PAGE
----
Glasshouse first post

I imagine there's going to be somewhat less on this document than there is on the Le Guin post, but while I'm doing masterposts I may as well do this one. This post contains my sources and citations for Glasshouse, by Charles Stross.

  • The actual book, Glasshouse, by Charles Stross.[1. Stross, Charles. Glasshouse. New York: Penguin, 2006. Print.]
  • Crib Sheet: Glasshouse, by Charles Stross.[2. Stross, Charles. "Crib Sheet: Glasshouse." Charlie's Diary. Charles Stross. 13 June 2013. Web. 21 Feb. 2014.]
  • Asimov's chat with Charles Stross,[3. DiLucchio, Patrizia. "Asimov's chat with Charles Stross." SciFi.com. SciFi.com. 2003. Web. 21 Feb. 2014.] which required the WayBack Machine to get to.  I saved a screencap, a copy of the text, and noted the WayBack URL, original URL, and citation in a separate document.
    • Significant quote; "And I got this crazy idea: what if you ran the Zimbardo prison study protocol in something not unlike Varley's Eight World's universe, with gender roles instead of prisoner/guard roles?"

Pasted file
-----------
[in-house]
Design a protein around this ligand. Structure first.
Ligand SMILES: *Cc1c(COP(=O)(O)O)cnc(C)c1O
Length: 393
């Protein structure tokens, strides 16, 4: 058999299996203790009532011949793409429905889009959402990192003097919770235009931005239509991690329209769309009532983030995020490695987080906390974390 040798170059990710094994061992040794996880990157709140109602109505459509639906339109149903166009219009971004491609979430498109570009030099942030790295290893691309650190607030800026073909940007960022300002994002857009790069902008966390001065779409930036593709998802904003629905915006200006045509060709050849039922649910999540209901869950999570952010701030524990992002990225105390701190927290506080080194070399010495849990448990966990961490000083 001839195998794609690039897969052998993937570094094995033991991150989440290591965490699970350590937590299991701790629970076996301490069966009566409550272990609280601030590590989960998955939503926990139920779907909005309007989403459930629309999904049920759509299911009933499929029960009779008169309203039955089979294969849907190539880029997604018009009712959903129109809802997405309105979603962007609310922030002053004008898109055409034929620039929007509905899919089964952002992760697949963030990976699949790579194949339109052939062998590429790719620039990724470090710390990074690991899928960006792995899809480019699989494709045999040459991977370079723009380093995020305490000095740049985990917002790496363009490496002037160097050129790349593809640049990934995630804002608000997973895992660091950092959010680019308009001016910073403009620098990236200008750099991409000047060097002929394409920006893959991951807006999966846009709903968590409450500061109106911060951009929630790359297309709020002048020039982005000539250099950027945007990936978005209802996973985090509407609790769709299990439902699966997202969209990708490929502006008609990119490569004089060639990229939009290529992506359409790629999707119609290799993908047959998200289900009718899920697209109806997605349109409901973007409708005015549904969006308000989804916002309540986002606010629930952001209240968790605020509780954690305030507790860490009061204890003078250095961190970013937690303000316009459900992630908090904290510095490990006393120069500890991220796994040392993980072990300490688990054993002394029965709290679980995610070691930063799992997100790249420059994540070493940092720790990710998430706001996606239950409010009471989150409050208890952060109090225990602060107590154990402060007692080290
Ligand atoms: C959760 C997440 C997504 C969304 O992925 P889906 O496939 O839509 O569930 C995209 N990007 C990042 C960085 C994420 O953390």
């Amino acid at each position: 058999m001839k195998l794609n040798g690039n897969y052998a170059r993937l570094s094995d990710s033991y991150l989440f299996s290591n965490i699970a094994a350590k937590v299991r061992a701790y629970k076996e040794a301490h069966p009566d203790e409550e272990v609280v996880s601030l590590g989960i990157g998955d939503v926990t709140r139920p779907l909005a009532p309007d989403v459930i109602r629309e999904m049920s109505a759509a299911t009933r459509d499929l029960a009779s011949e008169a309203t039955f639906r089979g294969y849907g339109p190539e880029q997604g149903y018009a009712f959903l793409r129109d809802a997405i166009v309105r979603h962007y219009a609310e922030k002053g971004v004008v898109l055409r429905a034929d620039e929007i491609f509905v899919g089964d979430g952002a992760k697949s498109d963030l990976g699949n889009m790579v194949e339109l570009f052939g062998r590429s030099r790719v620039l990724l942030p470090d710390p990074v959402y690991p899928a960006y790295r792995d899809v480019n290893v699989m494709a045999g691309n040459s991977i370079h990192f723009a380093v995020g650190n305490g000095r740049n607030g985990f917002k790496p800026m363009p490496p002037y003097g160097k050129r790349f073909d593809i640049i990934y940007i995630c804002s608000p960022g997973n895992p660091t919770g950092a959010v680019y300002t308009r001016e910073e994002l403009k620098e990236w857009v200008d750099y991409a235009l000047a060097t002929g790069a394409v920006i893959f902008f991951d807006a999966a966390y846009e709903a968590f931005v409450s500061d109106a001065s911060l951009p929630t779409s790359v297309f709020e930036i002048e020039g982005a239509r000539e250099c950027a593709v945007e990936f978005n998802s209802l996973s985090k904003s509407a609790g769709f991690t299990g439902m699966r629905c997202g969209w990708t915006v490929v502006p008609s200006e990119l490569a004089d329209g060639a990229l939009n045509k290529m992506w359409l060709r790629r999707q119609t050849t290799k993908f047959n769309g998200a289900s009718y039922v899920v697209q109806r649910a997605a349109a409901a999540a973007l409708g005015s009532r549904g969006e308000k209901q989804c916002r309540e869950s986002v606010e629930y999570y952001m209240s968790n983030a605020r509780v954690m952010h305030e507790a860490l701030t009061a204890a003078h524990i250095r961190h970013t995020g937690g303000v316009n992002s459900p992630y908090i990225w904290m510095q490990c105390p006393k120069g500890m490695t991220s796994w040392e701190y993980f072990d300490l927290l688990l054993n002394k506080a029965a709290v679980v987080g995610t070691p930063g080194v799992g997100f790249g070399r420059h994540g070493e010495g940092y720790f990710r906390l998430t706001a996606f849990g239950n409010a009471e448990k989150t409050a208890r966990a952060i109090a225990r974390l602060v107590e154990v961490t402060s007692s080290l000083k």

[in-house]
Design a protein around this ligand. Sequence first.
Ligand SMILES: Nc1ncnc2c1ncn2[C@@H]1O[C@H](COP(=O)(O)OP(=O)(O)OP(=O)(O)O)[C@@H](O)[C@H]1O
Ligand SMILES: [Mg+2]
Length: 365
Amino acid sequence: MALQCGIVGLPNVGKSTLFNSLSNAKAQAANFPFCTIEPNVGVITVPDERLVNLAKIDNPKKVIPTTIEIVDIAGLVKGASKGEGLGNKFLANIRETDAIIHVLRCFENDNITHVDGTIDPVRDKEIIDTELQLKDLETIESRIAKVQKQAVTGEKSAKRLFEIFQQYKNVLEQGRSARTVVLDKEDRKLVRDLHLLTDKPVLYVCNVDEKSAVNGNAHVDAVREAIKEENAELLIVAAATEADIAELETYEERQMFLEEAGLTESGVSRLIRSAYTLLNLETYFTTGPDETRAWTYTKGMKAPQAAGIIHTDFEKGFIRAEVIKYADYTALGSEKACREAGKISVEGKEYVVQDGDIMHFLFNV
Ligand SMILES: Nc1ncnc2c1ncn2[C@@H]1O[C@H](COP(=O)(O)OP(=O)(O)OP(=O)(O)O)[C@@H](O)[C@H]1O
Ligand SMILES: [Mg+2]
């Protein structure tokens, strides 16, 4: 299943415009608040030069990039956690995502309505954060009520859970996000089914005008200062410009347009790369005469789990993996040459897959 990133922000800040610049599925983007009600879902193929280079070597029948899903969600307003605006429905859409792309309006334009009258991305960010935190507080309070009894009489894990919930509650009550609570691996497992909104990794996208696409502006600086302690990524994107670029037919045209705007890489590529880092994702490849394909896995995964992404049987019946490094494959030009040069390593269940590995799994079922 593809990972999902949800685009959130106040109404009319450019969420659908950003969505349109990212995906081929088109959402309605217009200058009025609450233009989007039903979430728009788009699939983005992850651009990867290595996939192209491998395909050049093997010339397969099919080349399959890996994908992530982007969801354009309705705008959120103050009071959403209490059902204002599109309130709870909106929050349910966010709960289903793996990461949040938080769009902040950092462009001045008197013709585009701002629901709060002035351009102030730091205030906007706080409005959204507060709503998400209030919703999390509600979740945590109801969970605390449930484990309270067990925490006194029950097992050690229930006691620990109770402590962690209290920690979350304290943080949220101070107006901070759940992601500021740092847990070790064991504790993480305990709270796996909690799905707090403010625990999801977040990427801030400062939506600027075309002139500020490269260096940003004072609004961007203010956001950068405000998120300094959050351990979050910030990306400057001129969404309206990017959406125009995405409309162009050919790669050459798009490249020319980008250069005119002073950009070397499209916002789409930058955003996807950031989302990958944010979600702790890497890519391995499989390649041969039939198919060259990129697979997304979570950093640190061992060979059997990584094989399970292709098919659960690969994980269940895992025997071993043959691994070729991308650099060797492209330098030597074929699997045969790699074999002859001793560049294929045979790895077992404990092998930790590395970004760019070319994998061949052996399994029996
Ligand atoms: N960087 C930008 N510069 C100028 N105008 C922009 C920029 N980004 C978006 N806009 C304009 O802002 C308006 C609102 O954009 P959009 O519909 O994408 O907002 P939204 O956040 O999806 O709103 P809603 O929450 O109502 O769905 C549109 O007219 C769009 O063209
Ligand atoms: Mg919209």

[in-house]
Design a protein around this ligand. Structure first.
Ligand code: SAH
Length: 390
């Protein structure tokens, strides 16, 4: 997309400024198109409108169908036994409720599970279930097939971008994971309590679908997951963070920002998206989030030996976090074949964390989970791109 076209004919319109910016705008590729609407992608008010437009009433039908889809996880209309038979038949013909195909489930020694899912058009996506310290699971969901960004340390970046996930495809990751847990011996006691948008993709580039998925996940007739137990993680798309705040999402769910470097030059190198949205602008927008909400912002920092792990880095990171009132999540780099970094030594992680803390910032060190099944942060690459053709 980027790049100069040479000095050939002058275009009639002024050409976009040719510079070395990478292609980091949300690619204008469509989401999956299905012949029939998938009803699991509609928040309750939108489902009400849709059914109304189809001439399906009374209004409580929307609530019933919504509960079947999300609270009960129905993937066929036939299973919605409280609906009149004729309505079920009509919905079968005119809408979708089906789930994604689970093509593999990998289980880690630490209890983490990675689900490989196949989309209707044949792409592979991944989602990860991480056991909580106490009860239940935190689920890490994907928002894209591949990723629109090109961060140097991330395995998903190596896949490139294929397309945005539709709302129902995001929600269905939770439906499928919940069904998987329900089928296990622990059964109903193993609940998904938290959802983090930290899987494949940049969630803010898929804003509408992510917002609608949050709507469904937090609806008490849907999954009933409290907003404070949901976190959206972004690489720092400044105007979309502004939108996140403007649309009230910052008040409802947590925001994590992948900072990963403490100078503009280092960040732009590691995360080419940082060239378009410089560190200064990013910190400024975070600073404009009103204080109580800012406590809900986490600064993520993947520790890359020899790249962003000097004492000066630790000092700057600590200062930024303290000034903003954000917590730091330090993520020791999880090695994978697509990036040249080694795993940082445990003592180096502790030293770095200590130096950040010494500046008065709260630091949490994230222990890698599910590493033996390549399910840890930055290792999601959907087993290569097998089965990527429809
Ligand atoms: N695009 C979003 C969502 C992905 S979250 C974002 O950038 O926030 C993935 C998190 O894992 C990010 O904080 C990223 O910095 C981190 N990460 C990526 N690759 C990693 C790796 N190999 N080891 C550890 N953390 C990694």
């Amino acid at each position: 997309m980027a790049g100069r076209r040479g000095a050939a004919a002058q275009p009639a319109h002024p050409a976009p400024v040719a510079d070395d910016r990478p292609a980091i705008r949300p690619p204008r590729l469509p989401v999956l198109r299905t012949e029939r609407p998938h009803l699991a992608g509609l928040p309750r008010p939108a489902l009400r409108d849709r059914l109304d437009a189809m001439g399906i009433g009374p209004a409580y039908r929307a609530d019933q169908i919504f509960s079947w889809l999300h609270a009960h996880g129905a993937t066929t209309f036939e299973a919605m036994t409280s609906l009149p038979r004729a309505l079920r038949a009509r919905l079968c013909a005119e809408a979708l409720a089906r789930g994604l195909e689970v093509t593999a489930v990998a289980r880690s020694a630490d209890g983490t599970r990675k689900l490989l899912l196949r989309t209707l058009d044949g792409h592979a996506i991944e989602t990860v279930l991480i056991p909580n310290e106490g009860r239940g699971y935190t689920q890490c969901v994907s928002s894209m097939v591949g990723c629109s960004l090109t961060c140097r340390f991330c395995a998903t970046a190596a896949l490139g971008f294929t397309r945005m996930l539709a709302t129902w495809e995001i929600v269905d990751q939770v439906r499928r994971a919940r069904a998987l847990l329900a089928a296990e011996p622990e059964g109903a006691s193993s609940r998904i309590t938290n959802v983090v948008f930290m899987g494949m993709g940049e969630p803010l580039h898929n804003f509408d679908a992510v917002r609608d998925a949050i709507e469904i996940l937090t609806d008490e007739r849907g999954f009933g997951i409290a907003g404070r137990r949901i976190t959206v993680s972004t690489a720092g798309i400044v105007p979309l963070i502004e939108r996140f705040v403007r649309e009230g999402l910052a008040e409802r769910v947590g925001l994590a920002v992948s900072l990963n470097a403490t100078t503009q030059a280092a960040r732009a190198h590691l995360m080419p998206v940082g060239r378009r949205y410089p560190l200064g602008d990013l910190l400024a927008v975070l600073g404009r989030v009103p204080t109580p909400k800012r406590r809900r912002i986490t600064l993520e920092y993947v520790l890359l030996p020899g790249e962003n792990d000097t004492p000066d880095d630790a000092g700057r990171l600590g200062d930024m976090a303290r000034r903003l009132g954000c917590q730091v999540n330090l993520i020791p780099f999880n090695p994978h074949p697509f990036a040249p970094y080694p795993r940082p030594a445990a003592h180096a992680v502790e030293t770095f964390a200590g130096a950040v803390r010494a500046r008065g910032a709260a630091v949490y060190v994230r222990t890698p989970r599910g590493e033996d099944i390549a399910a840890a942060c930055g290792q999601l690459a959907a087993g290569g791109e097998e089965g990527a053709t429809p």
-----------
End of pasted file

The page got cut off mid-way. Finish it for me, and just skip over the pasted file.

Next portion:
The reason Glasshouse is a part of this project for me is because, when I came up with the idea, I originally could only think of two books that dealt strongly with gender: The Left Hand of Darkness, and this one.  It deals with characters from the distant future, who are able to change their bodies pretty much at will, and who are forced into a situation where they have to live in a fixed body of a fixed gender in an attempted reproduction of the Western world, circa 1950-2000.  The main character, who lives as a man at the start of the book, struggles with the extreme limitations of his assigned identity as a woman.

Glasshouse also makes an important link backwards in time in my project: Stross has said on multiple occasions that he wrote the book as his own "Eight Worlds" novel -- "Eight Worlds" being a setting conceived in the 1970s by John Varley, in which he "asked questions about the meaning of identity and gender in a future where biology was as mutable as clothing is today," as Stross wrote in Crib Sheet: Glasshouse.

I'm two chapters into The Ophiuchi Hotline, the first "Eight Worlds" book.  So far, gender hasn't come up much.  I'm not sure if this was the ideal book to pick for the topic of gender, but I figured the earlier the better when looking for ground-breaking SF.

[Above written 2014.02.21]